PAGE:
In 1858, Governor Weller of California, received a letter from the citizens of Union, Humboldt County, with the following information:
"It has now been two months since the Indians in this vicinity started in open hostility to us, though so far they have confined their operations to the trail connecting this County to Weaverville. This being our direct channel of communication with the Sacramento Valley, and a trail over which the United States Mail must pass once a week, it is of the utmost importance that it should be kept open. The Indians on this trail first manifested their hostility to us by shooting a man who was traveling alone. We supposed that a few men would be sufficient to punish the Indians and make them ask for peace, and accordingly, a party was organized, provided for by private means and sent in search of the hostiles. After trailing the Indians for several days, they were attacked from ambush and one man was killed. In the meantime their camp which they had left unguarded was attacked, and ten mules were killed. This party consisted of only twelve men. Subsequently, another party of twenty-five men went out who were provisioned at a heavy private expense. In endeavoring to drive the Indians from the vicinity of the trails, they were fired upon in a deep canyon, and one man was killed, another wounded. The company has now disbanded, not feeling inclined to incur further danger and hardships at their own expense.
"The trails are now closed, there being no travel over them except by night or in large parties. The question now is what is- there to.be done? There are no troops here at the garrison and the people are not able to carry on a war at their own expense. The people of the county are of the opinion that if the militia could be called out, and arms furnished, the merchants would feel encouraged to furnish supplies, and wait for the State to pay. We can furnish the men if they can only be supplied." 
Governor Weller's reply to this appeal was to issue a call for volunteer military companies to be formed in Humboldt County.
One of the companies formed was the Humboldt Volunteers, under the command of Captain Seman Wright. This company had several minor clashes with roving bands of Indians, and on February 26, 1860, they engaged in their first important conflict. The Humboldt Volunteers came upon a large body of Indians camped on Indian Island and the encounter that followed became a massacre.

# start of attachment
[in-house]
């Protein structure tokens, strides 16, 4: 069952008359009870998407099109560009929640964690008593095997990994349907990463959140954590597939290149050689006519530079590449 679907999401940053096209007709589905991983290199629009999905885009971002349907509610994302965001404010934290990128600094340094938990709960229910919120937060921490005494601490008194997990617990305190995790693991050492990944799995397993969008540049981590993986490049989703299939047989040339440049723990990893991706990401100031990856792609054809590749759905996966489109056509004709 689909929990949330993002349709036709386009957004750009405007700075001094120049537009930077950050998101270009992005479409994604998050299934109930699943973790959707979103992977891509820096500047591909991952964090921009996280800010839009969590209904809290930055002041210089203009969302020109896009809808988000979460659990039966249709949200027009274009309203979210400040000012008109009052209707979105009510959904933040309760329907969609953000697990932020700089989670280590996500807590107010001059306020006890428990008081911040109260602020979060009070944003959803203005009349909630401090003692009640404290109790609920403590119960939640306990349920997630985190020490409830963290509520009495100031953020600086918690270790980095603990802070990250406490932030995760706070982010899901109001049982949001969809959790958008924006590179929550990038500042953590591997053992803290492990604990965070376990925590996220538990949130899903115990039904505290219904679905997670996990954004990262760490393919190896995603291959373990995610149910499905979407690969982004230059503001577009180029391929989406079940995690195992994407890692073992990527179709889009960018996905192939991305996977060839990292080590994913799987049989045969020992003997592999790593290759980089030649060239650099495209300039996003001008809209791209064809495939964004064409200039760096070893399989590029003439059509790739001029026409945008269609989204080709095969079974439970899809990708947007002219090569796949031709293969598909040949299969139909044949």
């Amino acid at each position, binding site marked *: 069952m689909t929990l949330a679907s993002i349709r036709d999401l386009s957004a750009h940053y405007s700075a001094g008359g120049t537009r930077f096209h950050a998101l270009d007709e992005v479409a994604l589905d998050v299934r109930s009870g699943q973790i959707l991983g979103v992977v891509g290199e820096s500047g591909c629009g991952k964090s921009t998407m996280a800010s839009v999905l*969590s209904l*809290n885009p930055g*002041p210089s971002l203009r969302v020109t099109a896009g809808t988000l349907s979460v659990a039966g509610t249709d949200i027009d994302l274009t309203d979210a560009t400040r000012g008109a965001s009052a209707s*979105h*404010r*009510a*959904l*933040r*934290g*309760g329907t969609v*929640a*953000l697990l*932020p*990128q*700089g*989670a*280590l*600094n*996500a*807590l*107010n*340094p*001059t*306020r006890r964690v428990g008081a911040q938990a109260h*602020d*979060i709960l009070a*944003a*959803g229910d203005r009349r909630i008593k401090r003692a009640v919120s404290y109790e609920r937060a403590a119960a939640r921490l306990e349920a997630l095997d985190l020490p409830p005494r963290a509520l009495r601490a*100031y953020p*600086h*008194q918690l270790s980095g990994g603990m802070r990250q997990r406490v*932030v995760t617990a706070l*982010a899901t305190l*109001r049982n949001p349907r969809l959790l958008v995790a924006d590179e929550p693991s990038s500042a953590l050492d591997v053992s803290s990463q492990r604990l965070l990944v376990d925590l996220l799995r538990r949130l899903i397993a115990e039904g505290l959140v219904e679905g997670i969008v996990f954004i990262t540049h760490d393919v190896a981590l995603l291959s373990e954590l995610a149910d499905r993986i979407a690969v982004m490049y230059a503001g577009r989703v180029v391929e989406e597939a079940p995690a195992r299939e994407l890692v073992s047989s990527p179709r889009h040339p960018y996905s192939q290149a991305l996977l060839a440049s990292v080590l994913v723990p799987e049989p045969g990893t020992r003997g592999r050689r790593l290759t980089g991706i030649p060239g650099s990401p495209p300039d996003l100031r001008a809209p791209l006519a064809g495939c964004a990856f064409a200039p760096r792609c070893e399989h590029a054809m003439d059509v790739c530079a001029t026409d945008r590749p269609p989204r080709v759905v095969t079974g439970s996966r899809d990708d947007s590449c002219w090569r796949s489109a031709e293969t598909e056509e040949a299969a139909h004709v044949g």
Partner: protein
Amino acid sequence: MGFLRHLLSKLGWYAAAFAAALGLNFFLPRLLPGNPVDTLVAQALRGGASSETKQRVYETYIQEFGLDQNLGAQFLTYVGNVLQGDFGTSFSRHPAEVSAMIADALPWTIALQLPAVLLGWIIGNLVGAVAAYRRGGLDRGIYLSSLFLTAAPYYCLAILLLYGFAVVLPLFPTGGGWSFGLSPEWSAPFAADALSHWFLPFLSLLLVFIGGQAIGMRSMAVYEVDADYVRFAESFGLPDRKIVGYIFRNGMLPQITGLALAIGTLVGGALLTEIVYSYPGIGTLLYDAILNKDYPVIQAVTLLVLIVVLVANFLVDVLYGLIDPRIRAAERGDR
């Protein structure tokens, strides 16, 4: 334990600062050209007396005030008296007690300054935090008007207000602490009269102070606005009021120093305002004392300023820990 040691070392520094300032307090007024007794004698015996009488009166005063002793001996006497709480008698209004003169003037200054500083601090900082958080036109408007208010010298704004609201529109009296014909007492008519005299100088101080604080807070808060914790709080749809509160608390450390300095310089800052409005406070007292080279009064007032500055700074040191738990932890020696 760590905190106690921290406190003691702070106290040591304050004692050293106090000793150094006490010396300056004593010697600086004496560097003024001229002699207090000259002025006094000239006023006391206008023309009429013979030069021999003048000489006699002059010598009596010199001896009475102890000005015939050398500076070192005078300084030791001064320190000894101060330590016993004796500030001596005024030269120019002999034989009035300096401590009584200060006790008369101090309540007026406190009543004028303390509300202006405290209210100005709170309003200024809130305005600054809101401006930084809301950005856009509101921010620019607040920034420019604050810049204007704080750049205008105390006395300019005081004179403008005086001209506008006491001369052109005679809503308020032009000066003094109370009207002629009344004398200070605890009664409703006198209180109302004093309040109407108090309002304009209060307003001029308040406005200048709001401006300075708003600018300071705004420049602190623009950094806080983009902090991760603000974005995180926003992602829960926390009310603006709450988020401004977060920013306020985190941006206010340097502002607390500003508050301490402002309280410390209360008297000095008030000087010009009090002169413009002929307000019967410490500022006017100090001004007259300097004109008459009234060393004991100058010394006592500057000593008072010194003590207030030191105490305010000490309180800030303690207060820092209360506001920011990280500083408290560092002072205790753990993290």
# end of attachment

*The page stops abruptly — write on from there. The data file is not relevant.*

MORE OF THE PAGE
In all, more than two hundred were reported killed and wounded including a large number of women and children. The slaying was accomplished by about forty horsemen, who rode into the vicinity of the island early Sunday morning. Riding into the south end of the bay, they took a. boat and crossed to the south shore of the island, there beginning their swath of extermination. After killing all the Indians they encountered, they proceeded up the bay, about six miles, where they completed the indiscriminate slaughter of all who were on the island. The grisly task completed, they left at daylight. Neither age or sex had been spared. Little children and old women were mercilessly stabbed and their skulls crushed with axes. When the bodies were landed at Union, a more shocking and revolting spectacle never was exhibited to the eyes of a civilized people. The causes of the slaying were said to lie in the fact that some Indians had stolen and killed beef stock belonging to ranchers and that they were being supplied with arms by members of the coast tribes. Whites, fearing an Indian attack in force, and believing that they would not be given adequate protection by the State in the matter of volunteer troops, decided to take matters into their own hands. It was pointed out that Captain Wright's company of volunteers had been acting without State authority, also in defiance of the laws, in the perpetration of their sanguinary deeds. 
News of this companies activities brought such a storm of criticism from all parts of the State, that the Humboldt Volunteers were.compelled to disband in the latter part of 1860.
 Letter from A. Wiley to Governor Weller, State Archives, State Capitol.
 A notice of this meeting taken from a newspaper is attached to the company's organization papers, Adjutant-General's Office.**Sacramento Union, March 2, 1860, page 2, column 2.